The Miami Market Report: A Sales Recap

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Original installation of Banksy's Art Buff on the building owned by Palace Amusements in the town of Folkestone. Credit: Sam Millen. Photo: Sam Millen

With all of the Champagne, Kim Kardashian sightings, and “curated experiences” to take in at Art Basel Miami Beach this year, one might forget that the whole thing is actually just a trade show. It is more glamorous than, say, the annual cloud-computing fair at the Javits Center, but it is still, at its core, about buying and selling. So how did the dealers who brought a collective $3 billion worth of art to Miami fare this year? Here are a few of the market highlights.

Celebrities were everywhere, and some of them were buying art.
Miley Cyrus twerked at Wayne Coyne. Diddy punched Drake. Leonardo DiCaprio went home with 20 models. This was the celebrity gossip we heard, but several outlets reported that DiCaprio was also there to shop, buying a 1973 Frank Stella painting at Marianne Boesky for just under $1 million. The hard-partying star has been collecting art for several years now, and today owns works by Takashi Murakami, Mark Ryden, and Ed Ruscha, among others. Diddy, meanwhile, was apparently too slow to score a 1918 Pablo Picasso fresco, which Galerie Gmurzynska had already sold to an American collector for around $1 million by the time the hip-hop mogul inquired.

Works on paper are no longer affordable afterthoughts.
At a moment when MoMA’s show of Henri Matisse cutouts is among the most popular in the city, and as the Whitney pledges to do away with media-divided galleries when it reopens this spring, it makes sense that dealers reported strong sales on once devalued paper-based works. Dominique Levy sold a swirly blue bouquet on paper by Christopher Wool for $1.5 million, while Skarstedt Gallery sold a paper work by Sigmar Polke for $1 million. Whitney chief curator Donna de Salvo told The Art Newspaper that artists are largely responsible for the trend: “Artists have always been attracted to the materiality of works on paper.”

Megacollectors hit up the satellite fairs too.
On the heels of a Roberta Smith rave in October, the less-than-one-year-old Lower East Side gallery Kai Matsumiya sold a blue block-printed Lucky DeBellevue canvas dotted with pistachio shells for $7,500 to one of the Rubells at NADA, while a friend of the family purchased another work by the artist for $10,000. Down the beach at the Untitled fair, Fredericks & Freiser gallery sold two David Humphrey paintings for $25,000 each to the English collector and early YBA champion Charles Saatchi.

The “Museum Effect” was in full effect.
A big museum show almost always boosts an artist’s prices. And although the Brazilian artist Beatriz Milhazes doesn’t need much help — she has sold at auction for well into the seven figures — her work was on wide view throughout the week, perhaps partly owing to her first major North American exhibition at the Pérez Art Museum Miami, through January 11. James Cohan was offering one of Milhazes’s brightly colored floral prints at the fair and São Paulo's Galeria Fortes Vilaça’s reported selling a work for $100,000. Meanwhile, Glenn Ligon, who is the subject of a show at London’s Camden Arts Centre through January 11, offered a line of beach towels, sponsored by the Art Production Fund, for $95 apiece, while Los Angeles’s Regen Projects quickly sold one of the artist’s silkscreens on canvas for $200,000.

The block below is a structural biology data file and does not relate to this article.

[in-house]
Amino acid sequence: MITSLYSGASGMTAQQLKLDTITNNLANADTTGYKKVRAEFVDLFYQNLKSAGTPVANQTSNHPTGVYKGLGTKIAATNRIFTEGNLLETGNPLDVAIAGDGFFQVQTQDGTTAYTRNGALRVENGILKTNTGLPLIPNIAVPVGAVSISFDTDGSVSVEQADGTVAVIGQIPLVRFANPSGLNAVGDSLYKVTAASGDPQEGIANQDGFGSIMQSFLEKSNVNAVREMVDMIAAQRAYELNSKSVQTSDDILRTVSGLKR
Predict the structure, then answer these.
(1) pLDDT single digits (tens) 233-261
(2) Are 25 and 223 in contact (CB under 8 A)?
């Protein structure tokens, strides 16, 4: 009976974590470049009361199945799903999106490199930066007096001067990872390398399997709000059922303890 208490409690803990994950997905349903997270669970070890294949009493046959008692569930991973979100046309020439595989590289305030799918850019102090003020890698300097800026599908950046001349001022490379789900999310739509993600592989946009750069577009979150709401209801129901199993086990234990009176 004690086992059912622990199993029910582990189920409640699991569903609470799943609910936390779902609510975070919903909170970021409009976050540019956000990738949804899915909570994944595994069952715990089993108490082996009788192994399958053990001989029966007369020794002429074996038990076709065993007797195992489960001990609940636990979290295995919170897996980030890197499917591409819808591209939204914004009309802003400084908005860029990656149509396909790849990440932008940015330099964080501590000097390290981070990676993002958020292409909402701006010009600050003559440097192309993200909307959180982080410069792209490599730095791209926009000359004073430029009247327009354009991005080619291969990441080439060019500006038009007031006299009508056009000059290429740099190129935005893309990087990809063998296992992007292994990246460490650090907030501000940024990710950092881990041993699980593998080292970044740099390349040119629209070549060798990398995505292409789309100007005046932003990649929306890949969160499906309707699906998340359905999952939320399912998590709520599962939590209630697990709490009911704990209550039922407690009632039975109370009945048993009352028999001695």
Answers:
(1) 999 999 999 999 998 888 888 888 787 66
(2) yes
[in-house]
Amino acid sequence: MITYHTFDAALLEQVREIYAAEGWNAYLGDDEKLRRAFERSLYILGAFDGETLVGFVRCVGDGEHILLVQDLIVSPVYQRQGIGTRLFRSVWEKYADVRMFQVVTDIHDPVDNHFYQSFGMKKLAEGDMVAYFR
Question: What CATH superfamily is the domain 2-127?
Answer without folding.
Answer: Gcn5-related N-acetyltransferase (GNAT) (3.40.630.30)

The multi-million-dollar masters are as in-demand as ever.
Even though the gallerist Helly Nahmad was serving out his illegal-gambling sentence at a halfway house in the Bronx, his dealer father attended the fair in his place to sell what was probably the most expensive work there: Alexander Calder’s massive $35 million mobile — which has more than tripled in price in the last two years. Many other blue-chip standbys could be found elsewhere at the fair. Christophe Van de Weghe sold a Jean-Michel Basquiat painting for $5.5 million, Galerie Gmurzynska  sold two Robert Indiana paintings for $1.7 million each, and Mnuchin Gallery sold an Andy Warhol Mao for $4.5 million and a John Chamberlain sculpture for $3 million, among others. Yet these prices may well have been trumped by contemporary market kings like Jeff Koons and Takashi Murakami. The latter had one of his grinning-flower paintings on view at Perrotin’s booth, while Koons showed a granite sculpture of a bathing woman at Gagosian, but, as usual, the dealer kept mum on the price.

It’s still hard to sell a “stolen” Banksy.
Even though Banksy and his fans have repeatedly chastised the New York dealer Stephan Keszler for buying and selling the artist’s street murals — a process that involves paying locals to excavate the walls and, in turn, removes the works from their intended context — Keszler has proved relentless. At Fine Art Auctions Miami during Art Basel, the dealer offered three salvaged Banksy murals, but only one found a buyer. That work, Kissing Coppers, which was taken from the side of a bar in Brighton and also appeared at Art Miami in 2012, fetched $575,000. The other works, painted during the artist’s New York “residency” last year, failed to sell at price tags of $400,000 to $600,000 (for Bandaged Heart Balloon) and $200,000 to $300,000 (Crazy Horse Car Door). In February, the auction house withdrew another of Keszler's Banksys, Slave Labor, after protests erupted in London over its removal.